There was also mention of improved information sharing between states and territories to promote greater accountability for repeat violent perpetrators. This is not a straight-forward area, but there are good examples of coordinated system responses that show when and how the sharing of information might be vital for women’s safety.

Workforce issues were also referred to, with an urging for a more rapid rollout of the federal government’s existing commitment of 500 extra domestic and family violence support workers. If you speak with these support services, it is clear they are under high demand from victim-survivors. There are often unacceptable wait lists. The extra workers are much needed, but it will also take accessible and affordable training to extend this specialist workforce.

Albanese also highlighted both the effectiveness of respectful relationships education in schools and the need for a national approach to respectful relationships education across the country. To date, both Victoria and Queensland have led the way in this work but certainly we need to scale-up our prevention efforts with young people if we want to end gender-based violence for the next generation.

Delivering on the National Plan

The National Plan to End Violence Against Women and Children (2022 to 2032) and its first action plans already identify a shared roadmap across prevention, early intervention, response, and recovery. Each of these four priority areas are crucial to a holistic strategy to end gender-based violence.

And for the first time, we have a stand-alone Aboriginal and Torres Strait Islander action plan with an already-announced federal government commitment for a National Plan for First Nations women. This is especially vital in light of the over-representation of First Nations women experiencing violence.

Delivering on these strategies must continue to be a priority. The National Plan has been developed over many years of research evidence, consultation, as well as both sector and lived-experience expertise. And it is arguably world-leading in its comprehensive approach.

But as Micaela Cronin, Australia’s first Domestic, Family and Sexual Violence Commissioner, remarked today:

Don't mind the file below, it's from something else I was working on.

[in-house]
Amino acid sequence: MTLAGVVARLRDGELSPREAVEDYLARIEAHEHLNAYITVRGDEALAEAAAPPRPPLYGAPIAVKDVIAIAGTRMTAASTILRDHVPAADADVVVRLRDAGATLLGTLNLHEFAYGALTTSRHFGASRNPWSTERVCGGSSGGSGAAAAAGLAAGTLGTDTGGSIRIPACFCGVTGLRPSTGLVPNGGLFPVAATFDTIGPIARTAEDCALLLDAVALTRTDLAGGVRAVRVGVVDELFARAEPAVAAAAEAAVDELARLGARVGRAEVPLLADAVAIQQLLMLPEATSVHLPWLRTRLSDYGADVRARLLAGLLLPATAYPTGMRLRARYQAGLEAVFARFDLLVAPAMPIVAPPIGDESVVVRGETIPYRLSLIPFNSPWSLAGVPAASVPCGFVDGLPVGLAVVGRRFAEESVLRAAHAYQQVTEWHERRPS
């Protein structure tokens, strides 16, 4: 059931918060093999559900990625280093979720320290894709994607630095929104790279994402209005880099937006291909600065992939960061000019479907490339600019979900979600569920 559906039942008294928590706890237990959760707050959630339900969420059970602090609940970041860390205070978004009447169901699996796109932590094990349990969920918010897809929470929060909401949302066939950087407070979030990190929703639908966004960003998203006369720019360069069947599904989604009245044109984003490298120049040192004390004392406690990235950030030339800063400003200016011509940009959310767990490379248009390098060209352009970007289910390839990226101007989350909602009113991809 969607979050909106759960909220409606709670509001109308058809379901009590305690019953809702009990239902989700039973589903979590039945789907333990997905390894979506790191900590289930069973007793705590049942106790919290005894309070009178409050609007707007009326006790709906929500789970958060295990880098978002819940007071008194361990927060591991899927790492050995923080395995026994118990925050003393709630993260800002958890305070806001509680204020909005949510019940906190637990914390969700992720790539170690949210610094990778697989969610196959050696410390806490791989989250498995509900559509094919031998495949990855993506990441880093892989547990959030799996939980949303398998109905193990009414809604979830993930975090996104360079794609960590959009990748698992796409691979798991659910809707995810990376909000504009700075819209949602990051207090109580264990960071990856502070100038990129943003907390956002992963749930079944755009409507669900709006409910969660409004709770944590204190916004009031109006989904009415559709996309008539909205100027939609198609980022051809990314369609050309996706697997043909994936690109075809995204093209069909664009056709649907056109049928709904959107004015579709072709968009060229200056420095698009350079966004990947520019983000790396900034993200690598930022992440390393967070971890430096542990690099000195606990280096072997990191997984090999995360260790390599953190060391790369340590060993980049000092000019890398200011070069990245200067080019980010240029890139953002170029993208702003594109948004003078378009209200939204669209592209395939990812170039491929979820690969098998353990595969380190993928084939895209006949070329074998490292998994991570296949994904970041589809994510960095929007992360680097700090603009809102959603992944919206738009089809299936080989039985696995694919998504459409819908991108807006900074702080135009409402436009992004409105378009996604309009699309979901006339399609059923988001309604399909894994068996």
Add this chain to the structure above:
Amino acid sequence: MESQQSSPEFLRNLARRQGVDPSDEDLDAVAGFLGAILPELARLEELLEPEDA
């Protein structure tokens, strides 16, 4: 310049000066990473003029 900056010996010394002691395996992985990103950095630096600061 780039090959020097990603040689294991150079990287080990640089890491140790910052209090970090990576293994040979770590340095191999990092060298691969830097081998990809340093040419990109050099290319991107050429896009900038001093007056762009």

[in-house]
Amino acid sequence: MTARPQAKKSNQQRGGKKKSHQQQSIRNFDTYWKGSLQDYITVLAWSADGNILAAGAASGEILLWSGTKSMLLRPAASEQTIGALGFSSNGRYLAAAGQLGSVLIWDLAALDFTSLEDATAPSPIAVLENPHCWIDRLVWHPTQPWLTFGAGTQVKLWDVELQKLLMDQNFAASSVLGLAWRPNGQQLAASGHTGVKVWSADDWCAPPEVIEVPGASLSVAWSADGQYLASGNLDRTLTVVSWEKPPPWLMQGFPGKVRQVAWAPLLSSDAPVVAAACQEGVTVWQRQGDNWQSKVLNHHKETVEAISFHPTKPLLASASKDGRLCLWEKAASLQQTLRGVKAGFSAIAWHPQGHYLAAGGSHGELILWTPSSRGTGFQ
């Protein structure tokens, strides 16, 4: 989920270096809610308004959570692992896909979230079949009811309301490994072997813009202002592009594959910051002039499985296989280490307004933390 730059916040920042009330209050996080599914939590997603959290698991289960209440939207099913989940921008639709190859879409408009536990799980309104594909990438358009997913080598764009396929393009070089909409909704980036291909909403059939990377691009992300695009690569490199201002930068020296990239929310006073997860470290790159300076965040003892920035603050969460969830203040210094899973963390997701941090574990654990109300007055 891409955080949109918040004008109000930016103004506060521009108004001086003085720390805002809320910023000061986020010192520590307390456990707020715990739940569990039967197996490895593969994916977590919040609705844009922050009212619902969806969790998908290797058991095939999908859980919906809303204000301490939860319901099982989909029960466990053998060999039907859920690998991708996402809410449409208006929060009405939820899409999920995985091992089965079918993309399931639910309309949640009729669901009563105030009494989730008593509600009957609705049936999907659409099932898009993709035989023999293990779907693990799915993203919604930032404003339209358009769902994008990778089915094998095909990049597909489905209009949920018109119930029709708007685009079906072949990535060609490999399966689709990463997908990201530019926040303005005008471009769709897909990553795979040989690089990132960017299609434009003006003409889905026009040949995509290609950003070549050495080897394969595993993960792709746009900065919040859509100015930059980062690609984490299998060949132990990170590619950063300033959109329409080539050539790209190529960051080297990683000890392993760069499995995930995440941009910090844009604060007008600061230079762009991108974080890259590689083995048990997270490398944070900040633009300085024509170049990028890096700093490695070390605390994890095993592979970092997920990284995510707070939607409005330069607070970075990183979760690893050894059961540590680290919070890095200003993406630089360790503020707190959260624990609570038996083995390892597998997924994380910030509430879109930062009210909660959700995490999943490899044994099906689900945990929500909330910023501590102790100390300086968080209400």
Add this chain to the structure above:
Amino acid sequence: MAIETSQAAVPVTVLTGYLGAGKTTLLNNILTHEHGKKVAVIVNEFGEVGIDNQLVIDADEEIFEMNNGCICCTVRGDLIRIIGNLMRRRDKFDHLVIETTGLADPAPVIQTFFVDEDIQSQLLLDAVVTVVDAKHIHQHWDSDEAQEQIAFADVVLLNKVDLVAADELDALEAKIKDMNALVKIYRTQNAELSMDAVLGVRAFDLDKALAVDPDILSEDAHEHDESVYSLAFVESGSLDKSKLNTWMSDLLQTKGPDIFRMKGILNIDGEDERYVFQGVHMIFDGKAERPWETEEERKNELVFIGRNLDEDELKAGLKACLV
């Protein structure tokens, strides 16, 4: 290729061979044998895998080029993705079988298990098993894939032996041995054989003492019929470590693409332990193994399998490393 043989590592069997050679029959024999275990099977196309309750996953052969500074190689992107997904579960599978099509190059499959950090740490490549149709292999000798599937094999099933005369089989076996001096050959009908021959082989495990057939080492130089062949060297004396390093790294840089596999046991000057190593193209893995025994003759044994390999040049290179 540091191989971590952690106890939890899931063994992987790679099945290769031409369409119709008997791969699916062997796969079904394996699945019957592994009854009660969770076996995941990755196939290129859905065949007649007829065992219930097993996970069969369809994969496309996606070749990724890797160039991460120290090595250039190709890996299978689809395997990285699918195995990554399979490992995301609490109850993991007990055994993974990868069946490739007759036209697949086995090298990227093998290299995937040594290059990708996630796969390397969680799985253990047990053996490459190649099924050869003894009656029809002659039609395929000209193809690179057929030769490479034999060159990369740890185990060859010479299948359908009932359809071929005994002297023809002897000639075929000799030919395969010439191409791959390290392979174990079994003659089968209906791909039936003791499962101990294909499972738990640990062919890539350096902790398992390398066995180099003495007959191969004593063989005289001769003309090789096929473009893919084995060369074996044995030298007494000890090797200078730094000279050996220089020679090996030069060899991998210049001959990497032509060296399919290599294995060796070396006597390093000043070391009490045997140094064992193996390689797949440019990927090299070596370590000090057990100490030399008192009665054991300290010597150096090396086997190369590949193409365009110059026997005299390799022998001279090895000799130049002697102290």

No plan in such a complex area can be a “set and forget plan”.

It’s vital we draw on evidence-based approaches and best practice as we continue to refine our actions to address and prevent gender-based violence. This includes addressing the gender inequality and intersecting inequalities that drive violence against women. And also directly addressing the reinforcing factors that can contribute to violence and its escalation, such as prior experiences of violence, drug and alcohol misuse, problem gambling and poverty.

There is also a pressing need for governments to continue to work collaboratively to coordinate action and adequate investment across all levels of government. This is not the time to play politics between parties.

No Australian government has yet solved this problem. Every Australian government can and should do more to advance women’s safety.

Perhaps the most important outcome from today’s National Cabinet meeting is not just a renewed national commitment on action to end gender-based violence, but an Australia that will hold all governments to account on delivering their promises.

The National Sexual Assault, Family and Domestic Violence Counselling Line – 1800 RESPECT (1800 737 732) – is available 24 hours a day, seven days a week for any Australian who has experienced, or is at risk of, family and domestic violence and/or sexual assault.

The Conversation

Anastasia Powell receives funding from the Australian Research Council and Australia’s National Research Organisation for Women’s Safety (ANROWS). Anastasia is also a director of Our Watch (Australia’s national organisation for the prevention of violence against women), and a member of the National Women’s Safety Alliance (NWSA).

ref. National Cabinet has committed to a range of strategies to stop violence against women, but has it done enough? –